Does religion make us happier? Meaning, fulfillment, purpose all play role

Being happy or experiencing happiness is a common theme throughout American society. People are always searching for that one thing—or several things—that can bring them happiness. We search for it, pay for it and try countless new things, all in an effort to attain that elusive feeling.

But are we missing the point?

A recent study in “Psychology Science” looked at the role of wealth and meaning in life for people in more than 130 nations. The study found that wealthy nations had substantially higher levels of life satisfaction; however, “meaning in life was higher in poor nations than in wealthy nations.” The reason? Part of it was related to the fact that poorer nations were more religious.

So the age-old question was asked again: Does religion make people happier?

Dr. Scott Moats, vice president for Academic Affairs and provost at Crown College in Minnesota, believes the answer is a bit more complicated that just a simple yes or no. The answer includes, at least in part, a person’s outlook on life.

“Why do I have a positive outlook on life?” he said. “It’s not because I think the world is getting better. It’s not because there is no crime and evil in the world. It’s only because I believe in a God who has the ultimate say in what happens in the world. And because of that, I can have a positive outlook. And because of that, I can live a happier life.”

For many Christians, being “happy” or feeling a sense of “happiness” also includes a notion of fulfillment, purpose and faith.

“It’s truly about faith,” Moats said. “My faith is real to me, and it increases my sense of purpose. It increases my sense of impact that I’m making in the world, and it increases my sense of efficacy in what I’m trying to accomplish because God has called me to do this task.”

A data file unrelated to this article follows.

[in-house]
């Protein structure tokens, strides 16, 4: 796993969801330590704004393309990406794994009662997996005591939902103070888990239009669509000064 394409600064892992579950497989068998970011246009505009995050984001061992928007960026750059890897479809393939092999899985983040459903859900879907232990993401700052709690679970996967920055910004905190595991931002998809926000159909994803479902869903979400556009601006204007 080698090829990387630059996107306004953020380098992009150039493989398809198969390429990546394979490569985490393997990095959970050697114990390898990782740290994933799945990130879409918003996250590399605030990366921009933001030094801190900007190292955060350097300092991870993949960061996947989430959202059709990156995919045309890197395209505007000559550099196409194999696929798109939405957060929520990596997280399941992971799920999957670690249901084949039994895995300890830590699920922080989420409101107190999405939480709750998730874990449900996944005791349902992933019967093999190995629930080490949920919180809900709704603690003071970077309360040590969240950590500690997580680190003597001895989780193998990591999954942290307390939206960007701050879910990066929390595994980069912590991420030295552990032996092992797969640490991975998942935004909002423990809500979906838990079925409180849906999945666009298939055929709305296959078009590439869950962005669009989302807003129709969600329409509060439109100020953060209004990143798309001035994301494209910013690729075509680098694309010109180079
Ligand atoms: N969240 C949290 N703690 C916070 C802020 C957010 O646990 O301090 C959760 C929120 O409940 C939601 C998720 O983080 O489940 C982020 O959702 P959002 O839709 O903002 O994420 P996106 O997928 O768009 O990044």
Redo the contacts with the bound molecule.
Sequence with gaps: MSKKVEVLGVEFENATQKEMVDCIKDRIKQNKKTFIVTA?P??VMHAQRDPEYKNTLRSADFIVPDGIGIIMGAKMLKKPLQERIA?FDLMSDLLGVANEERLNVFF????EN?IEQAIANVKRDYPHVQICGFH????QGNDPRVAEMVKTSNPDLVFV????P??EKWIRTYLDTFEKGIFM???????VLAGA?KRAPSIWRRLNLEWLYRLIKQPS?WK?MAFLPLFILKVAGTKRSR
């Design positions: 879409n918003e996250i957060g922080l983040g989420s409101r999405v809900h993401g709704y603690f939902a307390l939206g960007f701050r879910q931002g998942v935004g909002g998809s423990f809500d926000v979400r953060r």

When these are incorporated, that elusive feeling of happiness might be more attainable.

Jesus talked a lot about suffering and persecution and denying ourselves. But He also talked about an “abundant life” and experiencing life to the fullest. Moats believes Jesus wasn’t addressing just happiness here, but something deeper, something everyone experiences.

“I think [Jesus] was talking about that yearning that all mankind has about fulfillment,” he said. “I don’t think He was talking about ‘I’m going to wake up happy every morning.’ I really don’t. There comes a sense of congruence when you believe that what you have been uniquely designed for and what you are doing come together in a way that is synergistic. That, in my mind, is a deeper sense of fulfillment.”

Some have argued that a sense of happiness in Christians can lead to evangelistic opportunities. People see Christians in a positive light—happy and fulfilled—and they may be more inclined to inquire about their faith, so the argument goes.

Moats sees it a bit differently.

“I think God meets us all at different times and different places,” he said. “[What works in evangelism is] when my neighbor is struggling and my neighbor sees me struggling … and I come through it in a way that I can still manage, even though I’m grief stricken, I can still manage life. And they go ‘Wow, what’s different about him?’”

To read the study in its entirety, visit


— by Scott Noble

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